Coinciding with publication of Liberation From the Toilet, Tanaka formed the Fighting Women's Group (ぐるーぷ闘うおんな) and hit housewives close to him with protests in the ritzy Ginza shopping district. Right around this time pharmacist Enoki Misako was also grooming her own coalition to petition the legalization of the birth control pill. Her Chupiren--also known as the Pink Panthers---borrowed a page from the Zenkyoto anti-Vietnam War student activists by painting construction helmets pink and launching publicity stunts such as confronting unfaithful husbands at work. The mass media became the biggest promoter of the radical feminist sponsored circus, earning the movement coverage, but no respect.
Homo Homo Seven by Minamoto Taro

Any pot shots Minamoto took at women's lib were likely more topical than political. Tanaka and Enoki didn’t start sending shockwaves through the media until 1972, two years after Minamoto submitted his first draft of the story to Big Comics. In truth, the main thrust of Homo Homo Seven is the spy stories. They say write what you know, and espionage runs in Minamoto's blood.

His grandfather served under Baron Akashi Motojiro, a Japanese Secret Intelligence Services agent who established espionage networks all over Europe in preparation for the Russo-Japanese War. Keeping in line with the Japonism zeitgeist,  Akashi had an artistic streak that helped him form an alliance with British spy Sidney Reilly. In 1904 the Scotland Yard operative swiped Russian harbor defense plans, allowing the Japanese Navy to launch a surprise night strike on Port Arthur that kicked off the war and set the precedent for the attack on Pearl Harbor nearly 40 years later.

This sort of subterfuge elevated the secret agent man to the stuff of legend. Ian Fleming admits that Reilly was a model for Bond, James Bond. 007 was, in turn, fodder for Homo Homo Seven. Makes you want to break out the old decoder ring so you can see if the author slipped hidden messages into the pages.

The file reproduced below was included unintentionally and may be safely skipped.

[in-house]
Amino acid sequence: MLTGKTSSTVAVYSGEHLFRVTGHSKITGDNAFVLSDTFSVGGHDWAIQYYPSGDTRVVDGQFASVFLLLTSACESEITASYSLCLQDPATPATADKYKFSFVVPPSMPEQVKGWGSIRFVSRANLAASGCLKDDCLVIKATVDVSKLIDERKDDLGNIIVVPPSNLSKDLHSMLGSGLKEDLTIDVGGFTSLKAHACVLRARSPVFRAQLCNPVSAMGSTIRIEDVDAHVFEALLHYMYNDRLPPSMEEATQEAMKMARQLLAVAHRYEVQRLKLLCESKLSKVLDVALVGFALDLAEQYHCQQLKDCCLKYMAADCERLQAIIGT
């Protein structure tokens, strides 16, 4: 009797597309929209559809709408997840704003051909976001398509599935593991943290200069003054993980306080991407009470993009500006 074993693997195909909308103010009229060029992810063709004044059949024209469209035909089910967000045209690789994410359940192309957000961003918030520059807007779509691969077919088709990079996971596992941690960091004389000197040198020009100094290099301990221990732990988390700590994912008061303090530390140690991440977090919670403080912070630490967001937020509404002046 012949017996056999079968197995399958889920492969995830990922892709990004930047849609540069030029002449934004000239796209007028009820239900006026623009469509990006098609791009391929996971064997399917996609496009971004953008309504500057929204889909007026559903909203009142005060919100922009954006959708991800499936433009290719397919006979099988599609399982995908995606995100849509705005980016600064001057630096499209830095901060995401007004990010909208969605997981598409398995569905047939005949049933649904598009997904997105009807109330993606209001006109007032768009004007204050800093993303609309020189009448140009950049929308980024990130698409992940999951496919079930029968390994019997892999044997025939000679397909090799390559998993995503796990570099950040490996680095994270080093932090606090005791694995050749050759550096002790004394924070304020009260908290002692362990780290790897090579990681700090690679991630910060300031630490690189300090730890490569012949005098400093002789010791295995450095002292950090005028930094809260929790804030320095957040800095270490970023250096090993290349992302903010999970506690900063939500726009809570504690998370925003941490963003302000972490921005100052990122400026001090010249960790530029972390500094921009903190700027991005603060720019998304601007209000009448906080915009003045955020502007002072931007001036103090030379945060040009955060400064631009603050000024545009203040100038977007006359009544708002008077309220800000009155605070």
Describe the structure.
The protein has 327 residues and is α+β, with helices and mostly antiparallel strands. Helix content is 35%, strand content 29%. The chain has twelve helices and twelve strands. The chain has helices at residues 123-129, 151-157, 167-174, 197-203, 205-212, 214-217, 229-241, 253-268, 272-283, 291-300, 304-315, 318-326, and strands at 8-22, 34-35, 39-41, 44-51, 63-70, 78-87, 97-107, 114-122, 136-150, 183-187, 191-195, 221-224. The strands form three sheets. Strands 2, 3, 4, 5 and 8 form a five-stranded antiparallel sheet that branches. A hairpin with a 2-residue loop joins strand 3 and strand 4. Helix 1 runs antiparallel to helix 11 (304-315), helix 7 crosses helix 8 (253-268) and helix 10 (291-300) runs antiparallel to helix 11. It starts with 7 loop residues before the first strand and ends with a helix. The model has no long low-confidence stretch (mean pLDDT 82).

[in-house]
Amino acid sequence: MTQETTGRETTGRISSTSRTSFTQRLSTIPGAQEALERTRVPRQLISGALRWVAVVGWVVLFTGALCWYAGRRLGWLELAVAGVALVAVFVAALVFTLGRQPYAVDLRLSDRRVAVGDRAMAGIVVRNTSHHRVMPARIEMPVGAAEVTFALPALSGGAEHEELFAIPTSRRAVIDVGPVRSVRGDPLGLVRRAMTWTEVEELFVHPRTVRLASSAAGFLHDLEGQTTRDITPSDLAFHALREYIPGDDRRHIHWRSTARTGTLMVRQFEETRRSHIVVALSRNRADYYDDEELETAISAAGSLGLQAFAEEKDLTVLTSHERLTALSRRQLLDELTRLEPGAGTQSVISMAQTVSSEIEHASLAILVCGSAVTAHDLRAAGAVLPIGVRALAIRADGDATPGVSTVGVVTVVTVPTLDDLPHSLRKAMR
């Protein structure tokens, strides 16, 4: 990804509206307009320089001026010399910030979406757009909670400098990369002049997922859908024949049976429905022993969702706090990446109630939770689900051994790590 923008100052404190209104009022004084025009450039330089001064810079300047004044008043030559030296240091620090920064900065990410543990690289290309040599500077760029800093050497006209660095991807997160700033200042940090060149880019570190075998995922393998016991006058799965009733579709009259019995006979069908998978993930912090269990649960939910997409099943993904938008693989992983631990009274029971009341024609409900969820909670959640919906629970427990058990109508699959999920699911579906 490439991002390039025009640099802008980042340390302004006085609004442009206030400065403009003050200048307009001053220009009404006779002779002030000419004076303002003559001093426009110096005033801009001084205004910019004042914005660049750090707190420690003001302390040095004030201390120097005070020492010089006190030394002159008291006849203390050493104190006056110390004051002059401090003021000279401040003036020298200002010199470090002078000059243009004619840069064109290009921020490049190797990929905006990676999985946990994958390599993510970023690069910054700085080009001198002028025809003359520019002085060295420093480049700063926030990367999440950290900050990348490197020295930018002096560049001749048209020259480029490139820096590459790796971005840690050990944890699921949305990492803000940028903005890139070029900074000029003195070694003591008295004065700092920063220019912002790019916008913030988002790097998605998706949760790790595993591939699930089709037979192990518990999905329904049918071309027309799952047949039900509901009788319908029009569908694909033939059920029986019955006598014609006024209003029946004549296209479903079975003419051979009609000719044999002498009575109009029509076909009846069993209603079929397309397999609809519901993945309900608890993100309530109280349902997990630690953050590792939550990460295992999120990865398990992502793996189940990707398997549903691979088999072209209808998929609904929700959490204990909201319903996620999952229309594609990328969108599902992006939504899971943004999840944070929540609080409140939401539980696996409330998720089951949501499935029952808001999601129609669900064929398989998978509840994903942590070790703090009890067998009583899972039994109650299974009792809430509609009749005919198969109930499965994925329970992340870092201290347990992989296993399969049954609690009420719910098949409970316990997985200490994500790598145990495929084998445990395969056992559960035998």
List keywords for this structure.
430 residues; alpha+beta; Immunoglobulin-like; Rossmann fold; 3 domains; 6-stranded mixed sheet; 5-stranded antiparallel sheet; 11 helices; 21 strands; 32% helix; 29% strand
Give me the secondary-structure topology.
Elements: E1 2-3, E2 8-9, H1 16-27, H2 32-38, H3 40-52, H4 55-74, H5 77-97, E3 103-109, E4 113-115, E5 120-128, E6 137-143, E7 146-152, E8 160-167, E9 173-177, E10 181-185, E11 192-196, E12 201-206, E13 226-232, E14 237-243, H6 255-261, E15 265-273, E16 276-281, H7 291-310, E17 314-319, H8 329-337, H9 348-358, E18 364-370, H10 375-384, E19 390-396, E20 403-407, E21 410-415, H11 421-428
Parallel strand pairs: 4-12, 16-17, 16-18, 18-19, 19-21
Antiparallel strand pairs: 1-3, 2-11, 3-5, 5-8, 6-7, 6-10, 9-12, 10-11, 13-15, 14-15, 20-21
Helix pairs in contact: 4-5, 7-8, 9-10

If anyone's fruity enough to attempt espionage through manga, it would be Minamoto. He's a member of Soka Gakkai International, a lucrative offshoot of Nichiren Buddhism and the closest thing to a true cult the Japanese authorities will allow following the 1995 Aum Shinrikyo nerve gas attack on the Tokyo subway. SGI commands 12 million members worldwide, controls the New Komeito political party, and teaches that chanting the Lotus Sutra every morning is a cosmic cure for cancer. Members are obviously gullible, but Minamoto is downright delusional--in his fifties he started visiting Comiket believing that "otaku culture is the new international language." What a loon! Then again, the jokes in his Puella Magi Madoka Magica parody dojinshi Homu Homu Seven practically wrote themselves, so maybe he has a point.

Why It Won’t Come Out in English

What, aside from the obvious?

Back up for a second--Homo Homo Seven actually does contain a state secret. Having myself been raised in the country that birthed the KKK, NRA and FOX News, I understand that it may be hard to believe, but not everything has to be a political statement. Homo Homo Seven, in truth, doesn't have any grand scheme for homosexuals or women's lib aside from making them into convenient hooks to hang a joke. Most Japanese couldn't handle a political debate that's not multiple choice--which, incidentally, is why they will never produce a good zombie story even with all their hetauma scribes combined. Everyone's too busy worrying about how others judge them to dedicate time to publicly judge others. Any negative energy is soaked up by the anonymous Internet forum 2chan. And the outliers who do mobilize to drive out nuclear power from our daycares or Koreans from Shin-Okubo are shouted down on Twitter.

As Westerners, we can't have a good day unless someone ruins it by doing something patently offensive. Righteous anger directly stimulates our brain's pleasure center with the smug satisfaction of moral superiority that's as addictive, soothing and destructive as heroin cut with Benadryl--another American original. Homo Homo Seven would be a PR nightmare for publishers, but the title alone provides more of a jolt than your morning coffee. Enjoy it as a nice pick-me-up, but don’t expect it to send you on an equal rights crusade.